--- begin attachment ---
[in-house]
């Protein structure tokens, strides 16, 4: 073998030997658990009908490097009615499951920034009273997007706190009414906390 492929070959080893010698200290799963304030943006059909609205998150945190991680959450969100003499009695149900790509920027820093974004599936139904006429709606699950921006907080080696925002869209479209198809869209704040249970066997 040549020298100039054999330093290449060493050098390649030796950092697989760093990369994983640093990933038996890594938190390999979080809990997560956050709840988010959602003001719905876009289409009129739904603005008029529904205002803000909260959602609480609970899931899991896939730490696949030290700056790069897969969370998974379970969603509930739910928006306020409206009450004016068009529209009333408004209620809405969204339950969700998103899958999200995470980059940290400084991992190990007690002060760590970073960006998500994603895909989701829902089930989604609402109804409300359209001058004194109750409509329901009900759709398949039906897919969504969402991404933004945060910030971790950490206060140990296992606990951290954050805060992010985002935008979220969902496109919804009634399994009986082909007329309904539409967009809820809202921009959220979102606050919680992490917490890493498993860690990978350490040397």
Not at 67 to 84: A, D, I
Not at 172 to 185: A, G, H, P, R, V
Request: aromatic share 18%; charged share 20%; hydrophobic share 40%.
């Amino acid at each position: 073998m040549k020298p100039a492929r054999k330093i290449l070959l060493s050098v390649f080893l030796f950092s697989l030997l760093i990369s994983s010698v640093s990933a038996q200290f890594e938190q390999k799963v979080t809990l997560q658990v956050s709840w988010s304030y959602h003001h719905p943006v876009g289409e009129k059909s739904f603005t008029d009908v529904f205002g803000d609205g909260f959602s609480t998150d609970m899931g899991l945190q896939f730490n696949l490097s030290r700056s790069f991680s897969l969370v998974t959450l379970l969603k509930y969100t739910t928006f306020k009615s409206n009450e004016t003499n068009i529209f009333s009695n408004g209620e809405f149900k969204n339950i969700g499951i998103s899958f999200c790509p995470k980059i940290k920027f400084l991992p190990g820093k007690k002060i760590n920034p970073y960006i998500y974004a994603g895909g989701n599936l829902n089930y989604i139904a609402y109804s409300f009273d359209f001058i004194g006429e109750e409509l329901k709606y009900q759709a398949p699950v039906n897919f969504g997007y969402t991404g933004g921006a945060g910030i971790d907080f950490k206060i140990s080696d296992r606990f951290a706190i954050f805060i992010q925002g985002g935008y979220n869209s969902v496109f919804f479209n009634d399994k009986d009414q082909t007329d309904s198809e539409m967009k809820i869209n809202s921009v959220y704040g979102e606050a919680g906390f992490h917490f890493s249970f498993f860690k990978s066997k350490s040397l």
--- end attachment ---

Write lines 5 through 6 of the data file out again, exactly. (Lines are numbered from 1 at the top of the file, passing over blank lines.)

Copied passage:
Request: aromatic share 18%; charged share 20%; hydrophobic share 40%.
């Amino acid at each position: 073998m040549k020298p100039a492929r054999k330093i290449l070959l060493s050098v390649f080893l030796f950092s697989l030997l760093i990369s994983s010698v640093s990933a038996q200290f890594e938190q390999k799963v979080t809990l997560q658990v956050s709840w988010s304030y959602h003001h719905p943006v876009g289409e009129k059909s739904f603005t008029d009908v529904f205002g803000d609205g909260f959602s609480t998150d609970m899931g899991l945190q896939f730490n696949l490097s030290r700056s790069f991680s897969l969370v998974t959450l379970l969603k509930y969100t739910t928006f306020k009615s409206n009450e004016t003499n068009i529209f009333s009695n408004g209620e809405f149900k969204n339950i969700g499951i998103s899958f999200c790509p995470k980059i940290k920027f400084l991992p190990g820093k007690k002060i760590n920034p970073y960006i998500y974004a994603g895909g989701n599936l829902n089930y989604i139904a609402y109804s409300f009273d359209f001058i004194g006429e109750e409509l329901k709606y009900q759709a398949p699950v039906n897919f969504g997007y969402t991404g933004g921006a945060g910030i971790d907080f950490k206060i140990s080696d296992r606990f951290a706190i954050f805060i992010q925002g985002g935008y979220n869209s969902v496109f919804f479209n009634d399994k009986d009414q082909t007329d309904s198809e539409m967009k809820i869209n809202s921009v959220y704040g979102e606050a919680g906390f992490h917490f890493s249970f498993f860690k990978s066997k350490s040397l």